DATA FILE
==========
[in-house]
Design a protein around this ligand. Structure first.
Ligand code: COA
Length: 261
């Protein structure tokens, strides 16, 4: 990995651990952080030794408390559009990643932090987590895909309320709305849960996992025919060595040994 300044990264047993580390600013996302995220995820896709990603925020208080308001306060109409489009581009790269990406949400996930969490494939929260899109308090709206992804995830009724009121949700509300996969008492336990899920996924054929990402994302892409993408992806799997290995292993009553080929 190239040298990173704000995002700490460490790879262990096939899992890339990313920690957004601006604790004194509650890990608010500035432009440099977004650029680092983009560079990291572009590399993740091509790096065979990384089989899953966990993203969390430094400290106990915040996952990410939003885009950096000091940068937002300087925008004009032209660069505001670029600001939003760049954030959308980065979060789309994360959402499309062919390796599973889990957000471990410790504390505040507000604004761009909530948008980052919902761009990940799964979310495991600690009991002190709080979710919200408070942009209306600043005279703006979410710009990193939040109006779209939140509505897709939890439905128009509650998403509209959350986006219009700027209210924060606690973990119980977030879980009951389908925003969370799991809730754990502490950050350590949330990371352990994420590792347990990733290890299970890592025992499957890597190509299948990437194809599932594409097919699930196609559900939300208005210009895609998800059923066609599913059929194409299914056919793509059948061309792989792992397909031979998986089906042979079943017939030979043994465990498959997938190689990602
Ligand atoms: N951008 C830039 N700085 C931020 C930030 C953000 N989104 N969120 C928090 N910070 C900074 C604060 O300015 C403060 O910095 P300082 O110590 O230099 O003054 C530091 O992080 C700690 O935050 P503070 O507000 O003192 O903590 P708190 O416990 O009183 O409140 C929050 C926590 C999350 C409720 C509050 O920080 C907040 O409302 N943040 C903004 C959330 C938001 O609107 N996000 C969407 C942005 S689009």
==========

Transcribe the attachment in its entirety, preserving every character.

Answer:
[in-house]
Design a protein around this ligand. Structure first.
Ligand code: COA
Length: 261
């Protein structure tokens, strides 16, 4: 990995651990952080030794408390559009990643932090987590895909309320709305849960996992025919060595040994 300044990264047993580390600013996302995220995820896709990603925020208080308001306060109409489009581009790269990406949400996930969490494939929260899109308090709206992804995830009724009121949700509300996969008492336990899920996924054929990402994302892409993408992806799997290995292993009553080929 190239040298990173704000995002700490460490790879262990096939899992890339990313920690957004601006604790004194509650890990608010500035432009440099977004650029680092983009560079990291572009590399993740091509790096065979990384089989899953966990993203969390430094400290106990915040996952990410939003885009950096000091940068937002300087925008004009032209660069505001670029600001939003760049954030959308980065979060789309994360959402499309062919390796599973889990957000471990410790504390505040507000604004761009909530948008980052919902761009990940799964979310495991600690009991002190709080979710919200408070942009209306600043005279703006979410710009990193939040109006779209939140509505897709939890439905128009509650998403509209959350986006219009700027209210924060606690973990119980977030879980009951389908925003969370799991809730754990502490950050350590949330990371352990994420590792347990990733290890299970890592025992499957890597190509299948990437194809599932594409097919699930196609559900939300208005210009895609998800059923066609599913059929194409299914056919793509059948061309792989792992397909031979998986089906042979079943017939030979043994465990498959997938190689990602
Ligand atoms: N951008 C830039 N700085 C931020 C930030 C953000 N989104 N969120 C928090 N910070 C900074 C604060 O300015 C403060 O910095 P300082 O110590 O230099 O003054 C530091 O992080 C700690 O935050 P503070 O507000 O003192 O903590 P708190 O416990 O009183 O409140 C929050 C926590 C999350 C409720 C509050 O920080 C907040 O409302 N943040 C903004 C959330 C938001 O609107 N996000 C969407 C942005 S689009």